Visiting The 2018 Michigan Golf Show

Visiting The 2018 Michigan Golf Show
The Michigan Golf Show is a vast warehouse of overstock golf clubs, apparel, bags and shoes.


Visiting The 2018 Michigan Golf Show

Held annually in March at the Suburban Showplace in Novi, the Michigan Golf Show in Novi has become a rite of Spring. If the golf show is here, better weather is on the way.

The 2018 edition was the weekend of March 9 – 11.

No one should (or would) confuse the Michigan Golf Show for a northern version of the PGA Show. The Michigan Golf Show isn’t about exhibiting new products, but getting rid of the old. I would guess that two thirds of the 240,000 square feet of is comprised of discounters selling overstocks of  golf clubs, apparel, balls, bags and shoes.

Shopping for bargains at the Michigan Golf Show

Shop sizes varied widely. Maple Hill Golf,  a Michigan based discounter had a massive display, with thousands of clubs and shoes, along with balls, bags and accessories. The more widely known Rock Bottom Golf anchored another end of the display space. Other retailers, however, had just a 10×10 booth and were selling off gloves, or headcovers or a few shirts and ball markers.

Shopping for bargains at the Michigan Golf Show
Shopping for bargains at the Michigan Golf Show

That there is so much surplus golf stock concerns me a bit. It seems to me that if golf manufacturers had a better handle on their sales, golf discounters would not have thousands of year-old clubs in bins. As in years past, the biggest stock seemed to be of older TaylorMade models, but without counting, my sense was that Wilson was on the rise in the left-overs club count. Callaway seemed more scarce. Perhaps that is a reflection of the extraordinary sales of their jailbreak line of last year.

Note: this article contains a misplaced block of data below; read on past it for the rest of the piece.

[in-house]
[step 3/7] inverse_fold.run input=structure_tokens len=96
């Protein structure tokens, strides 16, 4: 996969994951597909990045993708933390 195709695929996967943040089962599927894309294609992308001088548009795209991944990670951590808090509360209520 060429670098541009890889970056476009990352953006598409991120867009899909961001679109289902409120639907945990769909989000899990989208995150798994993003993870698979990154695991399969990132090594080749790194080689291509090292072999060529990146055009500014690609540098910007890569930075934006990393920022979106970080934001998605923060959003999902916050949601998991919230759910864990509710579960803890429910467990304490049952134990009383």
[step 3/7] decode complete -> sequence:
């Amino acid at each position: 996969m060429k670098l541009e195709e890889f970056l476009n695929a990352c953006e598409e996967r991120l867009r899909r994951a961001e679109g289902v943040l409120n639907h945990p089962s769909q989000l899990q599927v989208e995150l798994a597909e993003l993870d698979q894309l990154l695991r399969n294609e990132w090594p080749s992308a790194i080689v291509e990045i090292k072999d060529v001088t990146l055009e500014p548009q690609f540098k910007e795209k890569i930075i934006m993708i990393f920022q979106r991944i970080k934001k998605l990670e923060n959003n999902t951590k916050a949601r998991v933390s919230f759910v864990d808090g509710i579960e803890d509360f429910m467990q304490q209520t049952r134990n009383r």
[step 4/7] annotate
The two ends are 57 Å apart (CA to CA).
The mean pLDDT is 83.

Racks of discount shoes at the Michigan Golf Show

On the other hand, the clubs did sell — albeit to discounters and then to bargain hunters. I am certain that the manufacturers made a profit on each one they sold to discounters, and that the discounters are making a profit in return. That there is still profit to be had at those prices speaks to just how much retail golf clubs are overpriced.


Racks of last year’s irons at the Michigan Golf Show

Much of  the remaining floor space was occupied by exhibitors trying to drum up business for golf courses and golf resorts with travel information, packages, discounts and the like. Michigan’s dominant four seasons resorts were well represented, including  Boyne, Treetops, Garland, Grand Traverse, Crystal and Shanty Creek. Michigan’s golf-focused resorts such as Forest Dunes, Tullymore, and Arcadia Bluffs had stand-alone booths, while others organized themselves into regional consortiums, such as the Gaylord Golf Mecca or “Michigan’s Southern Swing.” Southeastern Michigan’s county and metropark golf courses had booths, as well as innumerable unassociated, individual courses.

Golf destinations outside of Michigan had a strong presence.  Michigan’s golf-mad reputation brought golf courses, resorts and “trails” from Wisconsin, Kentucky, Indiana, North and South Carolina, and other places in the Mid-Atlantic, South and West. Interestingly, both Jamaica and the Dominican Republic had representatives.

Medical marijuana and vape vendors at the Michigan Golf Show.

The remaining space was occupied by hucksters with a variety of non-golf products: magic magnetic bracelets, medical marijuana licenses, vape devices, home gutters, pillows, sheets,  smoked meats, basement waterproofing, chiropractic services, bathtubs, various medical products, home remodeling, and even beds. All, I think, were attracted by the supposed golf demographic, with its slightly-above-average income and education.